Even though I’ve been reading a lot recently, I have backed away from doing many reviews. However, this is one of those times when I’m really glad for having a NetGalley account. I got access to an ARC I’ve been drooling for since Dade first released a preview of the cover on Twitter… some time ago. I’ve read all of her Marysburg and Love Unscripted titles, (and am connected to her on Twitter, where she is nothing but supportive) so I was already sold on the author’s work. Getting the opportunity to be one of the early-adopter cheerleaders for this release is just a bonus for all the hours of reading enjoyment I’ve already gotten from Dade’s writing.
(I’m still side-eyeing whatever marketing “professional” decided to announce this book with “Olivia Dade bursts onto the scene”… As is obvious to anyone with a Goodreads account, Dade has been publishing successfully since at least 2015. She has earned her writing stripes and deserves recognition for how happy she’s made her reading audience over the years.)
This book is a very strong entry into her stable of work. Her protagonists, Marcus and April, have matured enough to begin the process of coming to terms with those characteristics for which they’ve been harassed and put down their entire lives–in his case, dyslexia and shyness, and in hers, being overweight. Both of them have been emotionally abused by their parents for these “shortcomings”, and over the course of the book grow so beautifully together by learning to set appropriate boundaries.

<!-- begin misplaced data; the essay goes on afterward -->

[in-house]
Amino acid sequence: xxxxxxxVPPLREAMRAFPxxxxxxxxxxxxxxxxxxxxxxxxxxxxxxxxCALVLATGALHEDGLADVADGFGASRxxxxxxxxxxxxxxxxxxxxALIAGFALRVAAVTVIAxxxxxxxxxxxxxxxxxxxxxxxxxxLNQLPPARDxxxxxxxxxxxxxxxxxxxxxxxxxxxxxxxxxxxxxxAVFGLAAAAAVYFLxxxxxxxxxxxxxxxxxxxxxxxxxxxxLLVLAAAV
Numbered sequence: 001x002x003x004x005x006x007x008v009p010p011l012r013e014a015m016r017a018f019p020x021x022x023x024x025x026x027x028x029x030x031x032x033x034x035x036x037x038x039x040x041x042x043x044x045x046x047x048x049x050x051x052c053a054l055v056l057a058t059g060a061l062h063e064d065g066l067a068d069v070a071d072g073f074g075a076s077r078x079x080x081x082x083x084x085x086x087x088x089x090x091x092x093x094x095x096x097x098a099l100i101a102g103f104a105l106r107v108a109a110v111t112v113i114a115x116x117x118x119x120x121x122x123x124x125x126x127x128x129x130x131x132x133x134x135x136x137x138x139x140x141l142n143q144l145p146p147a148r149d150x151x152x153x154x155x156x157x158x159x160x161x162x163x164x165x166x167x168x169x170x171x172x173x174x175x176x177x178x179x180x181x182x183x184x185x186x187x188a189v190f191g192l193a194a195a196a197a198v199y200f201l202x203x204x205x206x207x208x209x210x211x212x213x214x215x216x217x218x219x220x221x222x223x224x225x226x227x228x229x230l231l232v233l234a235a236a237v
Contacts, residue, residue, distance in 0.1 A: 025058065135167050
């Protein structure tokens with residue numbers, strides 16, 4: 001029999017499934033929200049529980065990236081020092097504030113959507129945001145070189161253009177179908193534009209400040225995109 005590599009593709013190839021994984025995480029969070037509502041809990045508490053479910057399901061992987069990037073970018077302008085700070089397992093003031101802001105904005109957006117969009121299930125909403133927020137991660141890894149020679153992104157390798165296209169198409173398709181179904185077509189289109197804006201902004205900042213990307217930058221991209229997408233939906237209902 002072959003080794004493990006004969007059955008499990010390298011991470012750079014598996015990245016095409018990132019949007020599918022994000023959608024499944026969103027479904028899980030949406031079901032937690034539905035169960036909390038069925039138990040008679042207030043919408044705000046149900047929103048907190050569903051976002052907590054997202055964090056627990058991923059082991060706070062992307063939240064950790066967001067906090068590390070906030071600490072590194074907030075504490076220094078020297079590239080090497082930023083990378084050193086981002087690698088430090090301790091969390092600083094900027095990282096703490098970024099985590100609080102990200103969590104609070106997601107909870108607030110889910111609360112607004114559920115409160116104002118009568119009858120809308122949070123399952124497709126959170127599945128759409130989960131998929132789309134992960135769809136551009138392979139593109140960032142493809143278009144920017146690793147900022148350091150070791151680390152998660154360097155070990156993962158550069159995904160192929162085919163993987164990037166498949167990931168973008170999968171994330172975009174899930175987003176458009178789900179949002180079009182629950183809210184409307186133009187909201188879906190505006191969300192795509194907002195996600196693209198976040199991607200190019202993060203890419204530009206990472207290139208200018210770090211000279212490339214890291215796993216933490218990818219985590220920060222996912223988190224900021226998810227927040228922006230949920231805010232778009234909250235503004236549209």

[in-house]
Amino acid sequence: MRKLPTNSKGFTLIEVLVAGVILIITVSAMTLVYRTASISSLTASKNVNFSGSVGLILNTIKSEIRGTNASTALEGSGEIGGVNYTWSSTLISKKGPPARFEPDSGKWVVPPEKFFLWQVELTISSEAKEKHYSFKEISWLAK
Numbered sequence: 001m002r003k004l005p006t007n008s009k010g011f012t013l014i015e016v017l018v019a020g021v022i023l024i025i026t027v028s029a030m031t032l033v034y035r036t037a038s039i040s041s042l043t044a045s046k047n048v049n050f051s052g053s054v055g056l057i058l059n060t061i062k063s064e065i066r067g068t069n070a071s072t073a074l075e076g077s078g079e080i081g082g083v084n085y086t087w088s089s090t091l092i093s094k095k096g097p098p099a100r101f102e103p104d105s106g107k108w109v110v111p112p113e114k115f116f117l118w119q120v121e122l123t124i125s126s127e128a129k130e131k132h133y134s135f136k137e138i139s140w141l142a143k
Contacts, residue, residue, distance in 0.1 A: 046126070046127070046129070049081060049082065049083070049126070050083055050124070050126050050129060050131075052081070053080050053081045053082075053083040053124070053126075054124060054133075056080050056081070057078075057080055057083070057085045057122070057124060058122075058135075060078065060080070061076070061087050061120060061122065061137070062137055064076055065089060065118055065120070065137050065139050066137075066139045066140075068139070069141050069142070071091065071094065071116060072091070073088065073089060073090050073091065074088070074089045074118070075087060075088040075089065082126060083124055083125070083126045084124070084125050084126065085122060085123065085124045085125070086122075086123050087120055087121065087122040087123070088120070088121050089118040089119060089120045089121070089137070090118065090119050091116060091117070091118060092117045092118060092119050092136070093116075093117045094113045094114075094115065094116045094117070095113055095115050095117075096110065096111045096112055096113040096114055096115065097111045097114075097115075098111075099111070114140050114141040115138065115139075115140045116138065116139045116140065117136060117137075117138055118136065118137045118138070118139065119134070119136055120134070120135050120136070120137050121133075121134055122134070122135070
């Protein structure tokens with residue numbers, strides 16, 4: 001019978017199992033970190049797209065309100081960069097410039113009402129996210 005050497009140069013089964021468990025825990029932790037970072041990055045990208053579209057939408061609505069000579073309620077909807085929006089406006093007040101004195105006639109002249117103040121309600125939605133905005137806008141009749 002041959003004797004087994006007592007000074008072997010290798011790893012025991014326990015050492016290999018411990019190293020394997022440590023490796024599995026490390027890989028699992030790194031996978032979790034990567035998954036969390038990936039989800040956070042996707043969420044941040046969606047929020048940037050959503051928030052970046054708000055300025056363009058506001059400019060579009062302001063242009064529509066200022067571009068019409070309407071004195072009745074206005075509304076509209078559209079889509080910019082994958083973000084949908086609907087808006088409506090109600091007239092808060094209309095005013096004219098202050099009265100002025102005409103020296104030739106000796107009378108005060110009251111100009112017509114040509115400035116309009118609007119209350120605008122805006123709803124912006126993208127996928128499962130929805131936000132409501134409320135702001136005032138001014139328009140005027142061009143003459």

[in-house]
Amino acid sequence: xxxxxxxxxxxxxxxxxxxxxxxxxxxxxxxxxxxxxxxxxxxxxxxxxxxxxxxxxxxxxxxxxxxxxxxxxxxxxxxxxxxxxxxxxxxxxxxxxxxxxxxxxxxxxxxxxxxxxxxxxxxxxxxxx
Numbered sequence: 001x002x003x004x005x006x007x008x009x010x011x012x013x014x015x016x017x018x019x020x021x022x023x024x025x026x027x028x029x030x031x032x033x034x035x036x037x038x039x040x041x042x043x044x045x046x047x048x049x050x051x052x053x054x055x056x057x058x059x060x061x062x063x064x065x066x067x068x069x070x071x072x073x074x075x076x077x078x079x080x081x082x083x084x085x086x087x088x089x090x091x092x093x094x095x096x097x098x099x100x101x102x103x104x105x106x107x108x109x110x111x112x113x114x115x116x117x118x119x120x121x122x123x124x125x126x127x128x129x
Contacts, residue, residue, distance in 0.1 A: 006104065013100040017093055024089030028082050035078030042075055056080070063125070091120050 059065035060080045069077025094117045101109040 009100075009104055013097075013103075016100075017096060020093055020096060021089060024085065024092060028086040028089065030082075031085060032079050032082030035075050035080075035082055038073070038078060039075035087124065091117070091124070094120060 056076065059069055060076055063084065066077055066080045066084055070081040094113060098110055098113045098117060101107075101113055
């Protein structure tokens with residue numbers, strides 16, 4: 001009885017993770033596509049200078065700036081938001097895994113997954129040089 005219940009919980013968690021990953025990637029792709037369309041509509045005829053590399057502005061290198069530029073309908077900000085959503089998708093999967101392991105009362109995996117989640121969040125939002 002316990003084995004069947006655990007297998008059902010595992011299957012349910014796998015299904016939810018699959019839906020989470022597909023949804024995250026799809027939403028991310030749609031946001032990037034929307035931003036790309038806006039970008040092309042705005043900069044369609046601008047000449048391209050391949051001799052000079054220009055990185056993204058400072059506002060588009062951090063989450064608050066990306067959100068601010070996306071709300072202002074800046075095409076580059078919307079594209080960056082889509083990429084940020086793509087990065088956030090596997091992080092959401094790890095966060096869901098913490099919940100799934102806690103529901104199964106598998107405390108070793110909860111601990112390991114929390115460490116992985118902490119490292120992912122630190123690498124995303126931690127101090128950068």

Mix in nerd love about ancient epics, modern TV fandom, and cosplay, and you have a smart story that celebrates intelligence and passion and ambition and individuality in a world that craves simply fitting in. The subtle commentary about how social media fit in our lives, and play an increasingly public role, was also on point:
The account boasted a bright blue bubble with a check inside. An official, verified account, then.
Marcus Caster-Rupp’s account.
The guy playing Aeneas–fucking Aeneas–had tweeted to her. Followed her.
And…he appeared to have–
No, that couldn’t be right. She was hallucinating.
She squinted. Blinked. Read it again. A third time.
For reasons yet unknown, he appeared to have–
Well, he appeared to have asked her out. On a date.
“I read a fic like this once,” she whispered.Spoiler Alert, by Olivia Dade
The interstitial chapters sharing their past online correspondence are especially fun. They form an emotional core to the current timeline story that ends up reading like a vicarious diary read-through.
A leitmotif across Dade’s work seems to be an appreciation of literature in general (in this case, the Iliad), and the people who fan-flap about a particular genre, specifically. (That detail has changed to be character-appropriate in the various books, but seems to be a reliable indicator of a Dade creation.) So for me, it feels like the books are targeted directly at my interests.
For anyone who enjoys a contemporary romance that has a light, humorous tone, but engages in meaningful work both on self and partnership, this book should be right up your alley. And if you develop a taste for the author’s voice from this book, don’t despair, you have a significant back catalog to look forward to. In fact, Dade has confirmed that one of the side characters from book 1 is getting their own stand-alone/follow-on story next year, so keep your eyes open for more in this series. I certainly will be.